Geneva- The Euro-Mediterranean Human Rights Monitor released a statement on Sunday expressing its deep concern about the Italian government's policy in dealing with refugees arriving at its territory as the number of asylum seekers deported from Italy to other European countries doubled during the last five years.

 

   Any decisions to deport refugees, in accordance with international conventions related to refugees, must be an exception and for reasons related to national security or public order.   

Mohammed Emad, a legal researcher at the Euro-Med

"The persistent violations of human rights stemming from the policies of the right-wing Italian government alarms refugees situation arriving at Italy after a deadly journey in the Mediterranean waters," the Euro-Med said.

European countries are returning refugees to their first arrival destination accordingly with the "Dublin" Regulation stricter applications, said Mohammed Shehadeh, Europe's affair officer at the Euro-Med. "Migrants, fleeing from death and threats to their lives, arriving by sea to Italy and Greece, and then they apply for asylum in other European countries," he added.

Shehadeh stressed that the strict implementation of the Dublin Regulation led to horrific violations of human rights including deportations, residency denial and asylum denial in some cases, making Italy and Greece bear more burdens than the other European countries as they are the center of receiving refugees arriving by sea.

In case if migrants were denied asylum in EU states members they will be deported to Italy, where the Italian government violates their fundamental rights. In addition, migrants are subjected to acts of abhorrent hatred, racism, violence, poverty, lack of adequate housing, and the confiscation of personal belongings such as their phones.

Mohammed Emad, a legal researcher at the Euro-Med, said that the Convention Relating to the Status of Refugees and its Protocol under International Resolution No. 1186 states that the refugees shall not be expelled or deported except in the most limited circumstances, and the state of refuge shall be conditioned to not forcibly return refugees to the country where they are expected to be subjected to persecution.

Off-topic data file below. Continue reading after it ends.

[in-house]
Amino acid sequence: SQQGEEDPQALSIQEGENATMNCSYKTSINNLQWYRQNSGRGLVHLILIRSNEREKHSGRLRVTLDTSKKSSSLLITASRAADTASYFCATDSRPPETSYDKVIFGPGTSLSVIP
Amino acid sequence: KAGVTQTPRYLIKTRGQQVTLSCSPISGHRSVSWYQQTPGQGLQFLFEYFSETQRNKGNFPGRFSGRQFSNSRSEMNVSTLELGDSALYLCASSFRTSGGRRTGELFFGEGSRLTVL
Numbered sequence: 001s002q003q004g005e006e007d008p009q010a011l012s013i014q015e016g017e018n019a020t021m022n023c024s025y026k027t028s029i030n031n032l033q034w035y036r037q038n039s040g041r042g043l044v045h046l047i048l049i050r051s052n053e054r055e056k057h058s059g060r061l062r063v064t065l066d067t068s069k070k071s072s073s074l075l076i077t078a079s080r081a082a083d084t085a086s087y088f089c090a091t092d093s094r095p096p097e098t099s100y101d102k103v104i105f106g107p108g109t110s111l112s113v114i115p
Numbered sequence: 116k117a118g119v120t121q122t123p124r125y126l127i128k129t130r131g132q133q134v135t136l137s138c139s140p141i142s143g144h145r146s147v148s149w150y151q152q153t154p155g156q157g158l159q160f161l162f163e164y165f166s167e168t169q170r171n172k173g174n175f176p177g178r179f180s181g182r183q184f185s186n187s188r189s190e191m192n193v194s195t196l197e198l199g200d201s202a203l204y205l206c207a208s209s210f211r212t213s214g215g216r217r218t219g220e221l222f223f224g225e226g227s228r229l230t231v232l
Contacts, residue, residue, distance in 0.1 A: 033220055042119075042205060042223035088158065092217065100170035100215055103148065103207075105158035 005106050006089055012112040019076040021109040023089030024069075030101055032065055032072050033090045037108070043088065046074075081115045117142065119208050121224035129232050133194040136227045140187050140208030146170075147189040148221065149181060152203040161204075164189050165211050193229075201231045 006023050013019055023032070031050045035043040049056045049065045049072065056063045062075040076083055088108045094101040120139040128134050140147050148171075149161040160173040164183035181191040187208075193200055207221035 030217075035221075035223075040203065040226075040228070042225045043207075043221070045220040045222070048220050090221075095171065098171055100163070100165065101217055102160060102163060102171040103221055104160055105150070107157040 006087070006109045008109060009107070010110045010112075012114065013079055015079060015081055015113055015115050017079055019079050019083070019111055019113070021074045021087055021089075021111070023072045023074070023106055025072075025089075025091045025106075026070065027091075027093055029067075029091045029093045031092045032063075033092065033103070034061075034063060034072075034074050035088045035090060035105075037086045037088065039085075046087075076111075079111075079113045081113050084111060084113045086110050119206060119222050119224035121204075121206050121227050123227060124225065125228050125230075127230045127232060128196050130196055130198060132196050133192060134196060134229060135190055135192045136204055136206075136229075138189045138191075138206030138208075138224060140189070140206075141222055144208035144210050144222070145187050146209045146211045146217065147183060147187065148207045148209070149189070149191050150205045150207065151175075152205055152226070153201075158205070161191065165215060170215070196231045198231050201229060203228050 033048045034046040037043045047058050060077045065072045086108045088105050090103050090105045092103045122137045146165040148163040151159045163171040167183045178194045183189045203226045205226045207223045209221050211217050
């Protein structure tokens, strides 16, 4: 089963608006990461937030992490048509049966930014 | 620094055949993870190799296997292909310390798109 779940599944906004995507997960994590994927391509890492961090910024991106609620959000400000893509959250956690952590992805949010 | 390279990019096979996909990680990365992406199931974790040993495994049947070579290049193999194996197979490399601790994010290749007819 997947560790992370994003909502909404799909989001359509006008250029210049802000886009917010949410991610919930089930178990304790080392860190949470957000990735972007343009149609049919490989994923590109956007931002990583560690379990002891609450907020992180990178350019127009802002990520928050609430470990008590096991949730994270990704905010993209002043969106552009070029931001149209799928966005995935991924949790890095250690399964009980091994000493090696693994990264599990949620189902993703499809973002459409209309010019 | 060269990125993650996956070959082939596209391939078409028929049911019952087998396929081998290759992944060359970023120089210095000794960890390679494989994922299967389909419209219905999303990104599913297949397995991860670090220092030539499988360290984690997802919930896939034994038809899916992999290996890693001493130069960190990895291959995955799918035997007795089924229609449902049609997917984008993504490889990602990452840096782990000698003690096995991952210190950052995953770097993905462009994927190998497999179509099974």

Emad explained that any decisions to deport refugees, in accordance with international conventions related to refugees, must be an exception and for reasons related to national security or public order.

He also stressed that article 32, paragraph 2, of the same convention obliged the state of refugees to give refugees time to search for another state if it decided to deport them, and not to implement the decision immediately. The aim of this regulation is to save the lives of refugees and to ensure that their freedoms and human rights are not violated, which is guaranteed by all international treaties and regulations.

According to the Italian Ministry of the Interior, 24,000 people were deported to Italy within 6 years, from January 2013 to November 2018. This number tripled over the last five years from 2,500 in 2014 to 6,500 in 2018. In the same context, Germany, Switzerland, France, and Austria have applied for the transfer of some 188,000 migrants to Italy, putting these migrants under a real risk and depriving them of their human rights guaranteed by humanitarian law.

The Euro-Mediterranean Human Rights Monitor urges EU member states to reconsider their policies that increase the suffering and persecution of the refugees by expelling them to other insecure countries, placing their lives under threat. The organization called for accepting more asylum seekers instead of returning them to overcrowded countries that suffer from massive numbers of immigrants.

The organization also called on Italy to provide better care to asylum seekers, to end the violation of their rights and to allow them to live in dignified living conditions that do not violate their human dignity nor violate their right to life.